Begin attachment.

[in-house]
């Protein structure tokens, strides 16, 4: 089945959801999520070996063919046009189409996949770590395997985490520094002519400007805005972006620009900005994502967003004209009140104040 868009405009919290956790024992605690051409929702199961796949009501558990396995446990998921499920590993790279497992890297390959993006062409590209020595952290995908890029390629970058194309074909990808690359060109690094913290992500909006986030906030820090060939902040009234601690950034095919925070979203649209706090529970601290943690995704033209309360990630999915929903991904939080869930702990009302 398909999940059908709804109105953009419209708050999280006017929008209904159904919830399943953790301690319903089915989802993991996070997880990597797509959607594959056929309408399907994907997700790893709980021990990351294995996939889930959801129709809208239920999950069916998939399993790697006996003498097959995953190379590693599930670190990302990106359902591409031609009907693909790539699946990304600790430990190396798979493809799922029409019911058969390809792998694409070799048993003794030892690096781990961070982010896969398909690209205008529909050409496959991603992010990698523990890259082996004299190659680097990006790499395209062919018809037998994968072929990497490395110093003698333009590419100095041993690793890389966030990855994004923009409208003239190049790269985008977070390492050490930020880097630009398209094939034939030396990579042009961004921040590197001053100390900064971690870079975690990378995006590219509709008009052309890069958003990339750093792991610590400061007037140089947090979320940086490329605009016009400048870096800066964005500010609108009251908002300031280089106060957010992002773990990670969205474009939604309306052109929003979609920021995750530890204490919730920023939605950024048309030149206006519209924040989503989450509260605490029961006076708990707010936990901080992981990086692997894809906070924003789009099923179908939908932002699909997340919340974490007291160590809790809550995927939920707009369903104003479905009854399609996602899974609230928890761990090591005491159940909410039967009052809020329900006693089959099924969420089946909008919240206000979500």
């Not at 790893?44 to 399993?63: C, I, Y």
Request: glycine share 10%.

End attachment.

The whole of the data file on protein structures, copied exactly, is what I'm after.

[in-house]
């Protein structure tokens, strides 16, 4: 089945959801999520070996063919046009189409996949770590395997985490520094002519400007805005972006620009900005994502967003004209009140104040 868009405009919290956790024992605690051409929702199961796949009501558990396995446990998921499920590993790279497992890297390959993006062409590209020595952290995908890029390629970058194309074909990808690359060109690094913290992500909006986030906030820090060939902040009234601690950034095919925070979203649209706090529970601290943690995704033209309360990630999915929903991904939080869930702990009302 398909999940059908709804109105953009419209708050999280006017929008209904159904919830399943953790301690319903089915989802993991996070997880990597797509959607594959056929309408399907994907997700790893709980021990990351294995996939889930959801129709809208239920999950069916998939399993790697006996003498097959995953190379590693599930670190990302990106359902591409031609009907693909790539699946990304600790430990190396798979493809799922029409019911058969390809792998694409070799048993003794030892690096781990961070982010896969398909690209205008529909050409496959991603992010990698523990890259082996004299190659680097990006790499395209062919018809037998994968072929990497490395110093003698333009590419100095041993690793890389966030990855994004923009409208003239190049790269985008977070390492050490930020880097630009398209094939034939030396990579042009961004921040590197001053100390900064971690870079975690990378995006590219509709008009052309890069958003990339750093792991610590400061007037140089947090979320940086490329605009016009400048870096800066964005500010609108009251908002300031280089106060957010992002773990990670969205474009939604309306052109929003979609920021995750530890204490919730920023939605950024048309030149206006519209924040989503989450509260605490029961006076708990707010936990901080992981990086692997894809906070924003789009099923179908939908932002699909997340919340974490007291160590809790809550995927939920707009369903104003479905009854399609996602899974609230928890761990090591005491159940909410039967009052809020329900006693089959099924969420089946909008919240206000979500």
């Not at 790893?44 to 399993?63: C, I, Y």
Request: glycine share 10%.